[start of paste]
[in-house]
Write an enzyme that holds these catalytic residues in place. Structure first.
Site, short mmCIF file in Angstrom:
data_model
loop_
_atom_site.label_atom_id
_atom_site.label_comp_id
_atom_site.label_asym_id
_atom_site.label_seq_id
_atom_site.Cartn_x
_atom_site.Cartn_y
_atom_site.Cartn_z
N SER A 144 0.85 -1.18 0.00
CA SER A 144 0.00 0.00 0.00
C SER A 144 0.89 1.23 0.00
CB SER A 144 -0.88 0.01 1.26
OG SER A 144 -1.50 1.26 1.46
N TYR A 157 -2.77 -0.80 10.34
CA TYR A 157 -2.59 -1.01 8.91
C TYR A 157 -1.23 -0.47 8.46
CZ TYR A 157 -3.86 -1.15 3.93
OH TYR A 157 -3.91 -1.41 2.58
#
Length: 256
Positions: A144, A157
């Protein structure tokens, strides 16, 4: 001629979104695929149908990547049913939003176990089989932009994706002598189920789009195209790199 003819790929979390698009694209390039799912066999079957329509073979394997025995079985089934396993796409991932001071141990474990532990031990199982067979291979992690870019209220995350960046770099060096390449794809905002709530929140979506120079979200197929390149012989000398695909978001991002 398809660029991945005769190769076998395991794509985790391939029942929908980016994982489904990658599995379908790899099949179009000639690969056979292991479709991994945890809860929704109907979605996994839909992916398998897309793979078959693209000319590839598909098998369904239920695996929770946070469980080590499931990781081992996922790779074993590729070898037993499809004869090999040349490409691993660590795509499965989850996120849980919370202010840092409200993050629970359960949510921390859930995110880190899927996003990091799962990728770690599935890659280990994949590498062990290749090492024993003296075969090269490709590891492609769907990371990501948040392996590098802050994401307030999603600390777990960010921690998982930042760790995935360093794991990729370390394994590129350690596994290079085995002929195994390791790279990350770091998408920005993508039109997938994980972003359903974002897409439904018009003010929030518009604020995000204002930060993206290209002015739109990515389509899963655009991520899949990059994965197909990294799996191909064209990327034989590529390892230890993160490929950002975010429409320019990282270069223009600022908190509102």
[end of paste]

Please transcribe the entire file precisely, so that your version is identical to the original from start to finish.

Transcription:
[in-house]
Write an enzyme that holds these catalytic residues in place. Structure first.
Site, short mmCIF file in Angstrom:
data_model
loop_
_atom_site.label_atom_id
_atom_site.label_comp_id
_atom_site.label_asym_id
_atom_site.label_seq_id
_atom_site.Cartn_x
_atom_site.Cartn_y
_atom_site.Cartn_z
N SER A 144 0.85 -1.18 0.00
CA SER A 144 0.00 0.00 0.00
C SER A 144 0.89 1.23 0.00
CB SER A 144 -0.88 0.01 1.26
OG SER A 144 -1.50 1.26 1.46
N TYR A 157 -2.77 -0.80 10.34
CA TYR A 157 -2.59 -1.01 8.91
C TYR A 157 -1.23 -0.47 8.46
CZ TYR A 157 -3.86 -1.15 3.93
OH TYR A 157 -3.91 -1.41 2.58
#
Length: 256
Positions: A144, A157
């Protein structure tokens, strides 16, 4: 001629979104695929149908990547049913939003176990089989932009994706002598189920789009195209790199 003819790929979390698009694209390039799912066999079957329509073979394997025995079985089934396993796409991932001071141990474990532990031990199982067979291979992690870019209220995350960046770099060096390449794809905002709530929140979506120079979200197929390149012989000398695909978001991002 398809660029991945005769190769076998395991794509985790391939029942929908980016994982489904990658599995379908790899099949179009000639690969056979292991479709991994945890809860929704109907979605996994839909992916398998897309793979078959693209000319590839598909098998369904239920695996929770946070469980080590499931990781081992996922790779074993590729070898037993499809004869090999040349490409691993660590795509499965989850996120849980919370202010840092409200993050629970359960949510921390859930995110880190899927996003990091799962990728770690599935890659280990994949590498062990290749090492024993003296075969090269490709590891492609769907990371990501948040392996590098802050994401307030999603600390777990960010921690998982930042760790995935360093794991990729370390394994590129350690596994290079085995002929195994390791790279990350770091998408920005993508039109997938994980972003359903974002897409439904018009003010929030518009604020995000204002930060993206290209002015739109990515389509899963655009991520899949990059994965197909990294799996191909064209990327034989590529390892230890993160490929950002975010429409320019990282270069223009600022908190509102």